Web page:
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Newspaper by first Jew to reach national prominence...



Item # 538453

February 13, 1828

NEW YORK ENQUIRER FOR THE COUNTRY, Feb. 15, 1828 

* Mordecai Noah: Jewish newspaper publisher
* 1st Jew born in U.S. to rise to national prominence


This newspaper was published by Mordecai Manuel Noah who is credited with being the first Jew born in the United States to reach national prominence.

With his last name of Noah he though it appropriate to have an engraving of Noah's ark in the masthead (see photos). 

One of his earlier positions was a post with the State Dept. as Consul to the Kingdom of Tunis where he rescued American citizens kept as slaves by Morroccan masters. Allegedly, Noah was removed from this position because, in the words of Secretary of State James Monroe, his religion was "...an obstacle to the excercise of [his] Consular function...". His firing caused outrage among Jews and non-Jews alike.

In 1819 Noah wrote a play, "She Would Be a Soldier", establishing him as America's first important Jewish American writer.

In 1820 Noah tried to found a Jewish homeland at Grand Island in the Niagara River to be called Ararat. (credit: Wikipedia)

This newspaper by Noah lasted for only 3 years.
Complete in 4 pages, various news and ads of the day, nice condition.

source: wikipedia: Mordecai Manuel Noah (July 14, 1785, Philadelphia, Pennsylvania,- May 22, 1851, New York) was an American playwright, diplomat, journalist, and utopian. Born in a family of Portuguese Sephardic ancestry; he was the first Jew born in the United States to reach national prominence.

Noah engaged in trade and law, but when removing to Charleston, South Carolina, dedicated himself to politics.

 
Noah's book Travels in England, France, Spain, and the Barbary States, in the Years 1813-14 and 15
In 1811, he was appointed by President James Madison as consul at Riga, then part of Imperial Russia, but declined, and, in 1813, was nominated Consul to the Kingdom of Tunis, where he rescued American citizens kept as slaves by Morroccan masters. Allegedly, Noah was removed from this position because, in the words of US Secretary of State James Monroe, his religion was "an obstacle to the exercise of [his] Consular function." The firing caused outrage among Jews and non-Jews alike.

Manuel Noah moved to New York, where he founded and edited The National Advertiser, The New York Enquirer (later merged into The Courier and Enquirer), The Evening Star, and The Sunday Times newspapers.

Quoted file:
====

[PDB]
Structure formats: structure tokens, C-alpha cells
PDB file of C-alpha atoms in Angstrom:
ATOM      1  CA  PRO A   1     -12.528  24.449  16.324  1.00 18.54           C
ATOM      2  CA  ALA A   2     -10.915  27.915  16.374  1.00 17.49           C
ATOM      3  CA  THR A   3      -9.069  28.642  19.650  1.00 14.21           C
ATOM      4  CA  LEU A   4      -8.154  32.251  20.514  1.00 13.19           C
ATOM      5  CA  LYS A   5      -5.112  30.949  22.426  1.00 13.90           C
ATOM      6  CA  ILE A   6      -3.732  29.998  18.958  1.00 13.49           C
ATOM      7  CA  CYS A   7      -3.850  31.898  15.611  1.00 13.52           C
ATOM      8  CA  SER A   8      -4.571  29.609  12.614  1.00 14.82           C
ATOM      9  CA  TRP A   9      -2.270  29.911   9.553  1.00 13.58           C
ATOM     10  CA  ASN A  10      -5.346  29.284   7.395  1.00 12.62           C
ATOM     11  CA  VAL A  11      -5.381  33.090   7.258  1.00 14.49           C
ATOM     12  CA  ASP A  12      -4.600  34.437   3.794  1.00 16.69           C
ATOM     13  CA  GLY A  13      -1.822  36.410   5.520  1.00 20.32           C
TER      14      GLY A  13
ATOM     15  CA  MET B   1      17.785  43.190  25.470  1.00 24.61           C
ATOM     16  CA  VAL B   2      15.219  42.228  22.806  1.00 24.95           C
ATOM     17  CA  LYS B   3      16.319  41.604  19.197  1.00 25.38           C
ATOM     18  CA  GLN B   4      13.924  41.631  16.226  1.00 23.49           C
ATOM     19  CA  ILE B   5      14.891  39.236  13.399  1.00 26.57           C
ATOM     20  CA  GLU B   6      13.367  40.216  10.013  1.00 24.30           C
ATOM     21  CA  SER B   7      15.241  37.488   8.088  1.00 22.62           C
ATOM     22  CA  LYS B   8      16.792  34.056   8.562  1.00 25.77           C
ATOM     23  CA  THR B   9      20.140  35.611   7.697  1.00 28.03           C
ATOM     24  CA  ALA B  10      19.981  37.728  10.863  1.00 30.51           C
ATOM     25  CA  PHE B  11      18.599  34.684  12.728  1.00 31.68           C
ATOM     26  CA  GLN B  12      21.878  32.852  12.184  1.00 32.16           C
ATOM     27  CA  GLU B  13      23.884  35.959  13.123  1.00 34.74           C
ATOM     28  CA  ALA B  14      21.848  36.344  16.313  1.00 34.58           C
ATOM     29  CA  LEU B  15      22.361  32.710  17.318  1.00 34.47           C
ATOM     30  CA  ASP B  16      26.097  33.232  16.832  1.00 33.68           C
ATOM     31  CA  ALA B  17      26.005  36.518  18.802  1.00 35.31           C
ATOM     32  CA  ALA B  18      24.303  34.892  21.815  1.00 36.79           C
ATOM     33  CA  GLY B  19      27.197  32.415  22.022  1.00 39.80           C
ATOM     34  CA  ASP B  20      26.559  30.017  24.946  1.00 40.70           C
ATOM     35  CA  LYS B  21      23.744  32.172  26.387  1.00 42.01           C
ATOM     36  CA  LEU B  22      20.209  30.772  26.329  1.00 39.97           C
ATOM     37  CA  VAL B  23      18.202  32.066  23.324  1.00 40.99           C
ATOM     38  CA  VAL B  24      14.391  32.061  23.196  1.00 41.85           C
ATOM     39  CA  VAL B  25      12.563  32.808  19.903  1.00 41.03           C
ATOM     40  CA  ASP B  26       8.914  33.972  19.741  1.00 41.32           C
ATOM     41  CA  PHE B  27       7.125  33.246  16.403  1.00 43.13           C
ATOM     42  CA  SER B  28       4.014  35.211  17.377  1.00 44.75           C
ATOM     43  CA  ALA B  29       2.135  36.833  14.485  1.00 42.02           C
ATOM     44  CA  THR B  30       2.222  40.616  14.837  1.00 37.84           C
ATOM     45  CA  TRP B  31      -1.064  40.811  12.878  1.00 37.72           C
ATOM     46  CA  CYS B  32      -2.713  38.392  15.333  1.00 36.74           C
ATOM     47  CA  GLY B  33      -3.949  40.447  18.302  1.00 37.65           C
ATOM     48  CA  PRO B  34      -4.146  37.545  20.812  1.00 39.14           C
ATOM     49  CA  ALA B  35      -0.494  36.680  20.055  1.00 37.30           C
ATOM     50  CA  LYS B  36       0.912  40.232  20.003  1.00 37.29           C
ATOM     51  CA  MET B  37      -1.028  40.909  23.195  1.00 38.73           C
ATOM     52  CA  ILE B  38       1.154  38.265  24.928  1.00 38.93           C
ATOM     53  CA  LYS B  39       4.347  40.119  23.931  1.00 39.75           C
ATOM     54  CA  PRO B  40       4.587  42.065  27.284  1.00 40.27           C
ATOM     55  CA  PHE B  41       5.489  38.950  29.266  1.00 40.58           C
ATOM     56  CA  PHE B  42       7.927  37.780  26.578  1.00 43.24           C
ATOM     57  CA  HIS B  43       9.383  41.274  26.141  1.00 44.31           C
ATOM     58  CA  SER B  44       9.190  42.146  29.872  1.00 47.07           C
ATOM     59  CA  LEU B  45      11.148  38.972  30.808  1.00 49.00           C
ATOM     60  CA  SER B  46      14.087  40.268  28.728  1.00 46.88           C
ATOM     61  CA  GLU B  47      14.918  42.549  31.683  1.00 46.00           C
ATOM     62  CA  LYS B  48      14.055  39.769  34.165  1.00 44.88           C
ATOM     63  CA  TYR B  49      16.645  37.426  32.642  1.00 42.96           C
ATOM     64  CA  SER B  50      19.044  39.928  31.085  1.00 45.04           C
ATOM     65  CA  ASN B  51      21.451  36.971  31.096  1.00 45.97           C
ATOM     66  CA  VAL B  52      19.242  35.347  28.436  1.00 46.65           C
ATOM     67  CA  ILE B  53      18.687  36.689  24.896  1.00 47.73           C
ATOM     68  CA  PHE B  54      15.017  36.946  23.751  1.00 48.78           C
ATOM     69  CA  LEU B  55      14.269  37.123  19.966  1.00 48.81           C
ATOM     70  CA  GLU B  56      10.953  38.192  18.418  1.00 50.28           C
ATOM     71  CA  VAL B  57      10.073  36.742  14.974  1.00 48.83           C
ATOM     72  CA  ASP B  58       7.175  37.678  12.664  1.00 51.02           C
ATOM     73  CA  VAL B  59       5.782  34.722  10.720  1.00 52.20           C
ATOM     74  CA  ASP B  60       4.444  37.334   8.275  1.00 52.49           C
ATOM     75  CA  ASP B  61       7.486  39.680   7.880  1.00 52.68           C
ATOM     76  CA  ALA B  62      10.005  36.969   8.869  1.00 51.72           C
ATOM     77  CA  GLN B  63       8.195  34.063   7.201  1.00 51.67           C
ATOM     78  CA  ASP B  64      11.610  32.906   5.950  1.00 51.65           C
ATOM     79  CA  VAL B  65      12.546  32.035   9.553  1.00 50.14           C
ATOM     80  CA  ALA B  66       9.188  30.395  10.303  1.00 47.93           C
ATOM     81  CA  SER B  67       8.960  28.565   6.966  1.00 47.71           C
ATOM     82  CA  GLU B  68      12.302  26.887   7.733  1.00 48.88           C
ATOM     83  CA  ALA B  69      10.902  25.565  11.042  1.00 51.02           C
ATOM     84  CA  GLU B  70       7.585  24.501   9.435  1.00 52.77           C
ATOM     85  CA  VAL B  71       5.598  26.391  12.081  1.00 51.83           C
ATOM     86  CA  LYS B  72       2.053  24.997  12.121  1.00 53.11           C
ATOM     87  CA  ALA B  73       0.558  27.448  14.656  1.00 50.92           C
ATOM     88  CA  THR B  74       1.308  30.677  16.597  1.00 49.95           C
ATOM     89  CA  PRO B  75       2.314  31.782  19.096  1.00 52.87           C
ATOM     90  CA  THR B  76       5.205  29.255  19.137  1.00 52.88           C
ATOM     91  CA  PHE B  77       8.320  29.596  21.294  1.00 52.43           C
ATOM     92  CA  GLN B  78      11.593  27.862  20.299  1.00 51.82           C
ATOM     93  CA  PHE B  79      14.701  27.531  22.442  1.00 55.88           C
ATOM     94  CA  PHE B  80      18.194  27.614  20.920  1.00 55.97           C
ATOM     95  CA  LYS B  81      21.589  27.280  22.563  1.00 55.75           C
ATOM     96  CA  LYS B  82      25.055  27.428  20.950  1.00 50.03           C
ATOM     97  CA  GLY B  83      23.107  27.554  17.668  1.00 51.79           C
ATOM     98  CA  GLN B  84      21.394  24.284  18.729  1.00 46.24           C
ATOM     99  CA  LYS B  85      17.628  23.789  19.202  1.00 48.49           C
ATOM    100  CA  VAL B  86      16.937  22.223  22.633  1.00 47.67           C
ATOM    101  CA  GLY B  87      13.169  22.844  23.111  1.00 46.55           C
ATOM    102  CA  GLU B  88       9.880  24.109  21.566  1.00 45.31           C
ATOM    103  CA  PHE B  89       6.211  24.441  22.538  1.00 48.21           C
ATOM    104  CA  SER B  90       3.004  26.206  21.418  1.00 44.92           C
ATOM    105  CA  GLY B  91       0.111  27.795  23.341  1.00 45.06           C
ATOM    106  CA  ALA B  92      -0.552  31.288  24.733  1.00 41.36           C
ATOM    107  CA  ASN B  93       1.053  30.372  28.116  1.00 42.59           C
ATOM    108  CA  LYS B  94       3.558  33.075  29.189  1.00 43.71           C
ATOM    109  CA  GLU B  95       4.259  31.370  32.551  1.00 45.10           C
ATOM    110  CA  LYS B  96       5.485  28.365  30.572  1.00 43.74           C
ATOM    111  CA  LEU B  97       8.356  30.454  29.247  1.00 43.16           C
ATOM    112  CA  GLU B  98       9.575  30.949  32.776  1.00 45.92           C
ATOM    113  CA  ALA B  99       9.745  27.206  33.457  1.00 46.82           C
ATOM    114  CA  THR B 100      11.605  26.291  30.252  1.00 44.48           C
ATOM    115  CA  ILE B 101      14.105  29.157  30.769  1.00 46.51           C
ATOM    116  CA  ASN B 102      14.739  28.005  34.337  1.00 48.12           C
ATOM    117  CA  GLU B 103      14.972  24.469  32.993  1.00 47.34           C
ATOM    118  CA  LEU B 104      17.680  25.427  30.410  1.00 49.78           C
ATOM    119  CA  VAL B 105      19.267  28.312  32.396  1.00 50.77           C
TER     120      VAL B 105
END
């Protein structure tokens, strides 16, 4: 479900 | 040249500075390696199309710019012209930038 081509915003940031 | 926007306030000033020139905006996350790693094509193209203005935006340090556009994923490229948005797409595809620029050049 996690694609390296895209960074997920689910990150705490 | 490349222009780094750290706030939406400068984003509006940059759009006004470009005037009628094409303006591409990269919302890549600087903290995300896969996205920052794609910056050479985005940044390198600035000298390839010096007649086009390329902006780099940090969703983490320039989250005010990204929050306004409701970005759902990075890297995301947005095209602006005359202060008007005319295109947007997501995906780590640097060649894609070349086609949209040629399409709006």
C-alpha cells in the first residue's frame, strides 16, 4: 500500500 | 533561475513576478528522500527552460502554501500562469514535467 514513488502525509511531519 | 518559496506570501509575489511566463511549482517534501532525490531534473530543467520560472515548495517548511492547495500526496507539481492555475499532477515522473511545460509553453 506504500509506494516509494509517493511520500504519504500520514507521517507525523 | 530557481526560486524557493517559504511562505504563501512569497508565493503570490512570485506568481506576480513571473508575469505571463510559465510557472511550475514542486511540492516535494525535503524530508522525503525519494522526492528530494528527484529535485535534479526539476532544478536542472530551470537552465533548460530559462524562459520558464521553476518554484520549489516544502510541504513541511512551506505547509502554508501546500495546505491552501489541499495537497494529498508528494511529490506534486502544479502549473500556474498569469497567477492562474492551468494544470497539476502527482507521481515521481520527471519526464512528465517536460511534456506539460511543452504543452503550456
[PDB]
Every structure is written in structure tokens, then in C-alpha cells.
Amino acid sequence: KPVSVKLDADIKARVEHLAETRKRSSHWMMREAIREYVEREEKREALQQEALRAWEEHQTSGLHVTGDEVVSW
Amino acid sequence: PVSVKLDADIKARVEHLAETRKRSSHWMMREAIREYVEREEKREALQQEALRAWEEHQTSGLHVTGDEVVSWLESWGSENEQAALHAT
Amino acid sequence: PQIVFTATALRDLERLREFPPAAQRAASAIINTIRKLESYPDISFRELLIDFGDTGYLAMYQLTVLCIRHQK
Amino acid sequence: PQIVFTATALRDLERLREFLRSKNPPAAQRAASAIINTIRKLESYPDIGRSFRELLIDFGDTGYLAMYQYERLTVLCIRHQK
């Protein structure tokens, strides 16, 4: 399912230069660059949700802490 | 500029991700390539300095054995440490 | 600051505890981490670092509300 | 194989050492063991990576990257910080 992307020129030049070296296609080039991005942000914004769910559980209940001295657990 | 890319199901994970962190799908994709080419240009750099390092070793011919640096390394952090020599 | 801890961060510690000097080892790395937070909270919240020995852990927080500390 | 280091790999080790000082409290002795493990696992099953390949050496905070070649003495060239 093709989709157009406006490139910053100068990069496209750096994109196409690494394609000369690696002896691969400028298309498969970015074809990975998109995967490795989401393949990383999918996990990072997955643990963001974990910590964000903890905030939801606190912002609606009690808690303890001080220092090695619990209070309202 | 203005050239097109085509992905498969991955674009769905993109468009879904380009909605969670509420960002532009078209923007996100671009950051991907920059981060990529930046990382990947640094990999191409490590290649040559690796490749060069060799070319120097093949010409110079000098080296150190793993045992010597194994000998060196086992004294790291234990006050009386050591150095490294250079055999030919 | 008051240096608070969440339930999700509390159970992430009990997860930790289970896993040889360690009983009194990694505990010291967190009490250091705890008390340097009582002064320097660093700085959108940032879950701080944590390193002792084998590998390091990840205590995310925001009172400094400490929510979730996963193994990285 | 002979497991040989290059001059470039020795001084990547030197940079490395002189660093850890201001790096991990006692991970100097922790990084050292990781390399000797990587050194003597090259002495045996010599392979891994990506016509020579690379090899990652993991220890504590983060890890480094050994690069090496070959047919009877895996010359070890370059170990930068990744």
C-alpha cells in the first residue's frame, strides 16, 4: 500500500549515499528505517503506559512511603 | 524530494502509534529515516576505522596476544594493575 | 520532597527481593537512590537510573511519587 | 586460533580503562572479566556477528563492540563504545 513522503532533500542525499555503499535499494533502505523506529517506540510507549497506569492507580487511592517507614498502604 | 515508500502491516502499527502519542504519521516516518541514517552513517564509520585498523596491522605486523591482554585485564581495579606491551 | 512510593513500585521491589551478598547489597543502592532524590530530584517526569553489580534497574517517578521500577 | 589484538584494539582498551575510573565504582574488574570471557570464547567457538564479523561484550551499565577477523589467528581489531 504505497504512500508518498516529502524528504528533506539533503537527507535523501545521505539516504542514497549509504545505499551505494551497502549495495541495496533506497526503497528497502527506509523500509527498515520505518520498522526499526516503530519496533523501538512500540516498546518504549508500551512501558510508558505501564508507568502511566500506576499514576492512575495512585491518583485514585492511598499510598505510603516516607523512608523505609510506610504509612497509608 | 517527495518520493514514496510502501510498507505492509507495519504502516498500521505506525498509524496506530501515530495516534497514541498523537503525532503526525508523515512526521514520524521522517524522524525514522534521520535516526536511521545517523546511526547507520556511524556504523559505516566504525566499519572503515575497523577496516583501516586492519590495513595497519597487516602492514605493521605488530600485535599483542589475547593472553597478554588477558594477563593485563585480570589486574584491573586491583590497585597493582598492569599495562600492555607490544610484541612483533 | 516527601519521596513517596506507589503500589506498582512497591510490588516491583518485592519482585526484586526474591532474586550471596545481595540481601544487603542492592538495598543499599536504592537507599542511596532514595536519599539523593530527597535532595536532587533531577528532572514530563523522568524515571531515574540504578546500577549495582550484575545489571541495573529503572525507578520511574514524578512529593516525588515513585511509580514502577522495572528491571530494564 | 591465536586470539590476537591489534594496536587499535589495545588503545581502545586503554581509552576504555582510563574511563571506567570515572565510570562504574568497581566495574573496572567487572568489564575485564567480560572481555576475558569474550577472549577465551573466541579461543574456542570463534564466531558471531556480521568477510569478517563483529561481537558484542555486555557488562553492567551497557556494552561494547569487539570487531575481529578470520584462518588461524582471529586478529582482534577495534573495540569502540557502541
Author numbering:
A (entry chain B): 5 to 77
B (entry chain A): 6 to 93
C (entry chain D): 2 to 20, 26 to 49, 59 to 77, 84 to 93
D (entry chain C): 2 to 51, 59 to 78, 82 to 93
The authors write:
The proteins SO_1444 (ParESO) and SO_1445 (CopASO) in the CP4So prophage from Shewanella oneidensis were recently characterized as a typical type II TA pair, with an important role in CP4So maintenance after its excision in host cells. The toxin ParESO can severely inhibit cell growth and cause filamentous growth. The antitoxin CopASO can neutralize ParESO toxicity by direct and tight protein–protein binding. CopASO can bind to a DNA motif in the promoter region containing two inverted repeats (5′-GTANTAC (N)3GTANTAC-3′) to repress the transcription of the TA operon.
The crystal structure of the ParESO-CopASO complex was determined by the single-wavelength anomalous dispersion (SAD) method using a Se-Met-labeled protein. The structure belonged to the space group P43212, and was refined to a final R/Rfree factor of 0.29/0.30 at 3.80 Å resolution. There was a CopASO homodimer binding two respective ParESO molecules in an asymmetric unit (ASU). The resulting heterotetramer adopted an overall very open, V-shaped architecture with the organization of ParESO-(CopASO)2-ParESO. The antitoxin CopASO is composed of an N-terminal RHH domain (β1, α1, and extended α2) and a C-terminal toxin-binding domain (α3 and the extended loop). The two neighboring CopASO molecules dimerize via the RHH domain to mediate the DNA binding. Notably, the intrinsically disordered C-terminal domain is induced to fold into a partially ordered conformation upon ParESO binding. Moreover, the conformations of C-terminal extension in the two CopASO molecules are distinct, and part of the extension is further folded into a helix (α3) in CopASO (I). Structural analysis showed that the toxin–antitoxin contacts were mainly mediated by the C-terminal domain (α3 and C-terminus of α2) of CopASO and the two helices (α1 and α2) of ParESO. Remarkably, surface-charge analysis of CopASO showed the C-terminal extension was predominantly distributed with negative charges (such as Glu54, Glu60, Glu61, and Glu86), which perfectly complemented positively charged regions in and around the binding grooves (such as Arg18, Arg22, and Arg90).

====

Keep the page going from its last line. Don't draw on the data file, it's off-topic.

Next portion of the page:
In his letter to Noah dated May 28, 1818, former President Thomas Jefferson sheds light on the nature of democracy and his own faith in humankind
In 1819, Noah's most successful play, She Would Be a Soldier, was produced. That play has since established Noah as America's first important Jewish American writer. She Would Be a Soldier is now included in college level anthologies.

 
1844 Discourse on the Restoration of the Jews by M.M.Noah, page 1. The page 2 shows the map of the Land of Israel
In 1820, in a precursor to modern Zionism, he tried to found a Jewish homeland at Grand Island in the Niagara River, to be called "Ararat," after Mount Ararat, the Biblical resting place of Noah's Ark. He erected a monument at the island which read "Ararat, a City of Refuge for the Jews, founded by Mordecai M. Noah in the Month of Tishri, 5586 (September, 1825) and in the Fiftieth Year of American Independence." Some have speculated whether Noah's utopian ideas may have influenced Joseph Smith, who founded the Latter Day Saint movement in Upstate New York a few years later. In his Discourse on the Restoration of the Jews Noah proclaimed his faith that the Jews would return and rebuild their ancient homeland. Noah called on America to take the lead in this endeavor.

From 1827-1828, Noah led New York City's Tammany Hall political machine.

MacArthur Award-winning cartoonist Ben Katchor fictionalized Noah's scheme for Grand Island in his The Jew of New York. Noah is also a minor characher in Gore Vidal's 1973 novel Burr.

The modern edition of Noah's writings is The Selected Writings of Mordecai Noah edited by Michael Schuldiner and Daniel Kleinfeld, and published by Greenwood Press.

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